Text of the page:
sunday times: holiday waste

November 20, 2005

in Environmental issues

I’ll admit, the holidays are not my favorite time of year. At least here in the U.S., they are well able to represent many of the uglier aspects of American culture: consumerism, waste, over-indulgence, keeping up with the Joneses (“affluenza”), waste.  Did I mention waste?

Through various sources I learned that:

  • 2.65 billion holiday cards sold in the U.S. each year, out of a total of 7 billion greeting cards of all types.
  • Americans throw away 5 million tons of trash between Thanksgiving and New Year’s Eve (a 25% increase from normal).
    • If every American wrapped 3 gifts in re-used materials, it would save enough paper to cover 45,000 football fields.
  • About 70% of the Christmas trees sold in the U.S. are now artificial, most made with PVC (a petroleum product).
    • Buy a real tree, then recycle it.
  • Conventional incadescent holiday lights use 2 billion kilowatt-hours of energy a year.

While “”reduce, re-use, recycle” are great, I kind of like “eliminate.”  How about no cards — sending e-cards instead (Christmas or more secular versions).  Not wrapping gifts at all?  Or giving gifts that don’t need to be wrapped and are not consumer goods, like donations or memberships to worthy organizations?  Instead of lights, how about vegetable wax candles, or taking a winter solstice hike in the woods and enjoying nature-decorated trees in a natural setting?

AdBusters is designating Friday, November 25 as “Buy Nothing Day,” reminding us to take a break from the annual consumer binge.


{ 2 comments }

Charlie Moores November 20, 2005 at 5:05 pm

Good one Nuthatch.

Incidentally, you might be interested in this link – http://www.gentlethanksgiving.org/
It gives alternatives to the waste of killing 300million Turkeys a year.

Kris November 27, 2005 at 3:00 am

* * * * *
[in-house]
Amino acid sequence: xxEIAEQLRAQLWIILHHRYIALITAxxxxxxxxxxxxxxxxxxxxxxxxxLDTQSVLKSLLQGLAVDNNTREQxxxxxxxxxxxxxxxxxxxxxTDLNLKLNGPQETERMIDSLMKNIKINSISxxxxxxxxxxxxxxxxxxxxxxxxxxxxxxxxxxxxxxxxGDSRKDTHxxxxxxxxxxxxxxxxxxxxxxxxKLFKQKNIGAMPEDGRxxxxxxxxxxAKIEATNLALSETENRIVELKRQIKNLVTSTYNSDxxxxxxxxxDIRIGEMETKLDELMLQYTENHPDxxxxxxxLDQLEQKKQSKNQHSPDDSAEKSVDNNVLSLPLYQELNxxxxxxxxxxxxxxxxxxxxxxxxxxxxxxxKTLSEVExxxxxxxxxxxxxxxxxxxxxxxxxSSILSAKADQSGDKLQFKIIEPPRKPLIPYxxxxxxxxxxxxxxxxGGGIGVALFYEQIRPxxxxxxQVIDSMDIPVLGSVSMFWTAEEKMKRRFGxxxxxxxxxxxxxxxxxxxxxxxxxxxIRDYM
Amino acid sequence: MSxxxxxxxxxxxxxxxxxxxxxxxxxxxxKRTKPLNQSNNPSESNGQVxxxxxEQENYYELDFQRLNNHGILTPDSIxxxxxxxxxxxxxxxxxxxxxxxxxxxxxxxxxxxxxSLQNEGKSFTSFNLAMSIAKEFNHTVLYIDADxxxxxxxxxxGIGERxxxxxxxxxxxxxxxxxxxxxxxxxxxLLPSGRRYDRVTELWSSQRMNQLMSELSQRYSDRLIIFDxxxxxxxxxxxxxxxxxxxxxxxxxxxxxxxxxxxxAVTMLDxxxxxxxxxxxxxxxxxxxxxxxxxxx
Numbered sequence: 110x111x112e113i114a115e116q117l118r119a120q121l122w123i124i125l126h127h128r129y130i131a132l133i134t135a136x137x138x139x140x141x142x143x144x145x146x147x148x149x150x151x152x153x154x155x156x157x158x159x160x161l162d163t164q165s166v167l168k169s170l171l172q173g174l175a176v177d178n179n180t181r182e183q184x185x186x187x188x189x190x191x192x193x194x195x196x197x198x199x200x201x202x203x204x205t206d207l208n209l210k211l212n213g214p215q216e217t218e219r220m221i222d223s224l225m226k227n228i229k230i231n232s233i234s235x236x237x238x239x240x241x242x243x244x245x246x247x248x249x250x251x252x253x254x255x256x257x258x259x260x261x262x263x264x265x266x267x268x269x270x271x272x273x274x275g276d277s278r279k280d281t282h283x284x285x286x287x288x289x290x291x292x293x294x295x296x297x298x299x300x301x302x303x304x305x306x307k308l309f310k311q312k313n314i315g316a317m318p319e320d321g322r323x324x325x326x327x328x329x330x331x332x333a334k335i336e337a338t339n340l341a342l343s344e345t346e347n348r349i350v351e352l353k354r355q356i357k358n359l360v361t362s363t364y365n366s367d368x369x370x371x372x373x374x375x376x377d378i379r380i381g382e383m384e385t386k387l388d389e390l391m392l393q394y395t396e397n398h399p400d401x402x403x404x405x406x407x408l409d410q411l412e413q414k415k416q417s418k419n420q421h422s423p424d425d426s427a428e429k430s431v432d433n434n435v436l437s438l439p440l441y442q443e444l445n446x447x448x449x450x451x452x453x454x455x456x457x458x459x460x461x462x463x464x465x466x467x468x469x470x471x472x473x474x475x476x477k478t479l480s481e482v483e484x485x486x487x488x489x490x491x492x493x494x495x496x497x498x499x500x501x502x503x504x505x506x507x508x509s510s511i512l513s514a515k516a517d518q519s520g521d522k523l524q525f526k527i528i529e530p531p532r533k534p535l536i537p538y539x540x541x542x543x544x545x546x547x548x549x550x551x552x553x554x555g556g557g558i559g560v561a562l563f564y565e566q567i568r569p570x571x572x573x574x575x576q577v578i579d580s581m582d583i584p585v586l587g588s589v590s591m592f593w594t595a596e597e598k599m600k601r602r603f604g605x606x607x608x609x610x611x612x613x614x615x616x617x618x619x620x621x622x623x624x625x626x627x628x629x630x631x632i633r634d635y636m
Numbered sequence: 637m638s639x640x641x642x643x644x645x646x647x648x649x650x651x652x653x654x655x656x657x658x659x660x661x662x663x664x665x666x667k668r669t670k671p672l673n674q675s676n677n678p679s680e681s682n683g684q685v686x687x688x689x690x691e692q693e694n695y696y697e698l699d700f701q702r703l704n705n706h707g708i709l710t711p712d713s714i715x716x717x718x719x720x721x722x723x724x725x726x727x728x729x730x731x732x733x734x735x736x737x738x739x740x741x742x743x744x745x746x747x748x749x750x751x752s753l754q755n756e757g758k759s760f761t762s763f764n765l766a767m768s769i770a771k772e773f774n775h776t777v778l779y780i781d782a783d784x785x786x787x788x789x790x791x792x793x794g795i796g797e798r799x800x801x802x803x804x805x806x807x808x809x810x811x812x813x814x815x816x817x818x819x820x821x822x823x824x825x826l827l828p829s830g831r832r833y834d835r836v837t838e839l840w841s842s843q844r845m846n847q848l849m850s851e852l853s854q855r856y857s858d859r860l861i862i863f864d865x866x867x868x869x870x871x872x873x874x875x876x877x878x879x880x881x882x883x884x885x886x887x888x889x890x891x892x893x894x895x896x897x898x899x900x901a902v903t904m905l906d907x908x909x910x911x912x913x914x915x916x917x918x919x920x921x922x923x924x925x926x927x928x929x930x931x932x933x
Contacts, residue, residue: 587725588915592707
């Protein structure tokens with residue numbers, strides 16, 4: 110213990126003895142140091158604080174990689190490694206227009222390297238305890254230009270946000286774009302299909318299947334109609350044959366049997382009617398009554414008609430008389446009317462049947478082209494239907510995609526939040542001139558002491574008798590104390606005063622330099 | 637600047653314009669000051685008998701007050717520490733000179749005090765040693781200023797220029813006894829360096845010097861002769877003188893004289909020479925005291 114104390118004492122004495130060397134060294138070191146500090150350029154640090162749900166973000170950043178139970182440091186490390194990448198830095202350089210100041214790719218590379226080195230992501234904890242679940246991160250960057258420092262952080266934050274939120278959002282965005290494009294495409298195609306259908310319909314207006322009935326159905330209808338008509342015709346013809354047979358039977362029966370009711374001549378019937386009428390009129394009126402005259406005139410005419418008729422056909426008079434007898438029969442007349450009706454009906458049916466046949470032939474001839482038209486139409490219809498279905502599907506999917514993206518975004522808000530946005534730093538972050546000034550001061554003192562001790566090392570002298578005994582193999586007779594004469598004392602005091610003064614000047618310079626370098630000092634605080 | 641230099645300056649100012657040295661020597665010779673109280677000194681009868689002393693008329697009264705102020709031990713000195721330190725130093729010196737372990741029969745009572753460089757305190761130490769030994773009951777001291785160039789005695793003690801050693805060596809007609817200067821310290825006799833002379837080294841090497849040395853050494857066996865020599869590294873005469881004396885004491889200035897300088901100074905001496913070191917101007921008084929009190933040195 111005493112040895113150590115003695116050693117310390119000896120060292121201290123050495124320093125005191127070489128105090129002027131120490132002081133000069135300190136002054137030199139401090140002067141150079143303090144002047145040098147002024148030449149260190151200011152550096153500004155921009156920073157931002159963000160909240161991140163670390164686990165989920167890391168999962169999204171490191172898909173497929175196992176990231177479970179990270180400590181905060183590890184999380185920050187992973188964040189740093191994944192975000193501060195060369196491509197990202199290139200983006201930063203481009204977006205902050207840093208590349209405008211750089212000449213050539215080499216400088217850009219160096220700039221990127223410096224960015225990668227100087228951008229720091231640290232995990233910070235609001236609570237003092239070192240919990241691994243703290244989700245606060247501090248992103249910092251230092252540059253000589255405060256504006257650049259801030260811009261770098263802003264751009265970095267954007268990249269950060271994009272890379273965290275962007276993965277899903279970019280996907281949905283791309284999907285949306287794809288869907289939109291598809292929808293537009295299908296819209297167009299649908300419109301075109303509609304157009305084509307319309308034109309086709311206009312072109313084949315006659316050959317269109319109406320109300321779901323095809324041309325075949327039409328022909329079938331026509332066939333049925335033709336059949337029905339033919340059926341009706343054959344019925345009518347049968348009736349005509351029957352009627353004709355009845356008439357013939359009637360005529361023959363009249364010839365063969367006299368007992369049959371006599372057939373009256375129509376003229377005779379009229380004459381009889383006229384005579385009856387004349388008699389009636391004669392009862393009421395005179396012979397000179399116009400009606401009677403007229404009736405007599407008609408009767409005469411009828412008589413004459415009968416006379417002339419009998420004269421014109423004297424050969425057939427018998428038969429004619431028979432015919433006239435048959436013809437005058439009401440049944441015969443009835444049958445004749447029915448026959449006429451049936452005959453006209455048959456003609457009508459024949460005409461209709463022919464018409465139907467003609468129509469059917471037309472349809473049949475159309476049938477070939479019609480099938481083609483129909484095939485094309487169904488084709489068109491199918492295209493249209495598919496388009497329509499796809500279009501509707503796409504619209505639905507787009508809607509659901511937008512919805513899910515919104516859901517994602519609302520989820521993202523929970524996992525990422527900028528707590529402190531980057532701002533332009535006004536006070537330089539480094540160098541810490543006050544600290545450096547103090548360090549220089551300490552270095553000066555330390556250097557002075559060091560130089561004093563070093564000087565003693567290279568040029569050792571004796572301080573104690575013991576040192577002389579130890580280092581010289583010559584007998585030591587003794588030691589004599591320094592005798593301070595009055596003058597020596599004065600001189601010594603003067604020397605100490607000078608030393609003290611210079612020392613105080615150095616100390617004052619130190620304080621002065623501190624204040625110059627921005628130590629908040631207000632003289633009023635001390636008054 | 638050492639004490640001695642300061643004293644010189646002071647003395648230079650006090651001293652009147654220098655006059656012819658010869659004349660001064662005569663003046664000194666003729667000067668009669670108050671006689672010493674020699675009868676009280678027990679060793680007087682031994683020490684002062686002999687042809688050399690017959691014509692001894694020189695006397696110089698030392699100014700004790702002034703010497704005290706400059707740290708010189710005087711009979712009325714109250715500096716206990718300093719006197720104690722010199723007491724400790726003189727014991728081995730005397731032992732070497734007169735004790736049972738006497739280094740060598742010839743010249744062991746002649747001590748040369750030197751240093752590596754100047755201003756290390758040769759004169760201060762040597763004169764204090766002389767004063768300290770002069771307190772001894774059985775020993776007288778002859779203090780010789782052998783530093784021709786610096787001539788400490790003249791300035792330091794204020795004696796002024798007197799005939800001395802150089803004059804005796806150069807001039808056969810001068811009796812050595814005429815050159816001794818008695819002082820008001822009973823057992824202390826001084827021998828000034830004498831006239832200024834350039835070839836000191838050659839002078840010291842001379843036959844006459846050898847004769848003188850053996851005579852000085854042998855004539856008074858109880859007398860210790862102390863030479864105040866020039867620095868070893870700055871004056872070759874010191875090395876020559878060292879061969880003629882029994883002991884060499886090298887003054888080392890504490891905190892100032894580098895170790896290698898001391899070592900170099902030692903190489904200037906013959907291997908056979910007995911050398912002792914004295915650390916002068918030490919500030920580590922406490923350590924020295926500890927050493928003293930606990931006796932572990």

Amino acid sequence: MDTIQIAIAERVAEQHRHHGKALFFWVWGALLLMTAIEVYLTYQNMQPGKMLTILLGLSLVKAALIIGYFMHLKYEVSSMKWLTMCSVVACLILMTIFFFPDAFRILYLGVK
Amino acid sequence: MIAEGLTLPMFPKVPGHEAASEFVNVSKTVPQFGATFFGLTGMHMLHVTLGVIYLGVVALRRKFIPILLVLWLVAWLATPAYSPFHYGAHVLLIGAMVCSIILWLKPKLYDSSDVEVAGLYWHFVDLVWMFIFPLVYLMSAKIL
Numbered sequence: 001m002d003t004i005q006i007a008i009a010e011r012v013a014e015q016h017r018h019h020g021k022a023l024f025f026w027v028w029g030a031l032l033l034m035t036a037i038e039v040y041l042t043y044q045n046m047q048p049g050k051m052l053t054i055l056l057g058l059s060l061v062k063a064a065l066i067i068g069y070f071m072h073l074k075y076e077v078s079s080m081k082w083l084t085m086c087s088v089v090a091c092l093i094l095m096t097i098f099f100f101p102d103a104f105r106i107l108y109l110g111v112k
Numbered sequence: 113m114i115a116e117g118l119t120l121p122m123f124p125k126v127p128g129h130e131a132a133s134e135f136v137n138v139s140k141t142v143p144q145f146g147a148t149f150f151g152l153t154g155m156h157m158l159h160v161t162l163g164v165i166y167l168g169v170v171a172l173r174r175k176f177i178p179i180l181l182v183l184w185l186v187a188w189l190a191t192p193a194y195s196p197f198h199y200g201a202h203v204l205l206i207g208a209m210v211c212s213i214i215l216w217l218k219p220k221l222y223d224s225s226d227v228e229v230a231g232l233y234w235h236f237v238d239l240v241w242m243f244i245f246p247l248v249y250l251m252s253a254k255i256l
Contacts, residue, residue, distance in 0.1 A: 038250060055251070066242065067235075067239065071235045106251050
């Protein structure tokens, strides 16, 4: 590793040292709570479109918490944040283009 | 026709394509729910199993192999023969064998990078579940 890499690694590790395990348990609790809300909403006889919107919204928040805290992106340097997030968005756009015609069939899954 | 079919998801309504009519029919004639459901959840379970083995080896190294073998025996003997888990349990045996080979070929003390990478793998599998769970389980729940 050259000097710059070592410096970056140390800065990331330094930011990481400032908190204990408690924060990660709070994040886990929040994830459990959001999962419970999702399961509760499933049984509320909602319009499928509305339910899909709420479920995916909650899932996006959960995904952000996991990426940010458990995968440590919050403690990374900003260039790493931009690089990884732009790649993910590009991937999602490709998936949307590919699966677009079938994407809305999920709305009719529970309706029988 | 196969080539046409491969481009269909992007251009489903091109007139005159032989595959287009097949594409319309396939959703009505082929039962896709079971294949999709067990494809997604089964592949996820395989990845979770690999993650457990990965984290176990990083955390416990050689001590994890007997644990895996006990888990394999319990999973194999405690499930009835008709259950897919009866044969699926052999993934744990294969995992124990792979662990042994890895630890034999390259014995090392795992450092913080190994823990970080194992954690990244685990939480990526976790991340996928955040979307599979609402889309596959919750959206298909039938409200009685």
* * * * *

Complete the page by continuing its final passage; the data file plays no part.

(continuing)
I love the holidays, but I don't like the consumerism and waste. I should do more to fight the waste–your suggestions are good–but one thing I'm happy to have done is to eliminate at least some of the consumerism of the holidays. A couple of years ago I told everyone on my gift list that from now on we would be giving homemade gifts or donations to worthy causes in the "giftee's" name, rather than buying things (although we still buy toys etc. for the little kids). I'm quite sure that some people dislike this and think we're just being cheap (!), but I feel good about it. We do birdhouse gourds and the like (hoping to expand the gourd thing, as we enjoy growing and crafting them), but mostly it's home-canned and -dried foods, homemade candies, baked-goods-in-a-jar, handmade soaps, homemade liqeurs, homemade wine, and that sort of thing. We enjoy it and I think the family is getting used to it. We get most of the jars and bottles back to re-use, too. We tend to use gift bags, which are re-usable and passed back and forth holiday after holiday. We just got fed up, if not nauseated, with the shopping/spending frenzy–it really detracted from the holiday. I'd much rather spend the time creating our own gifts than trekking through the big malls, etc.

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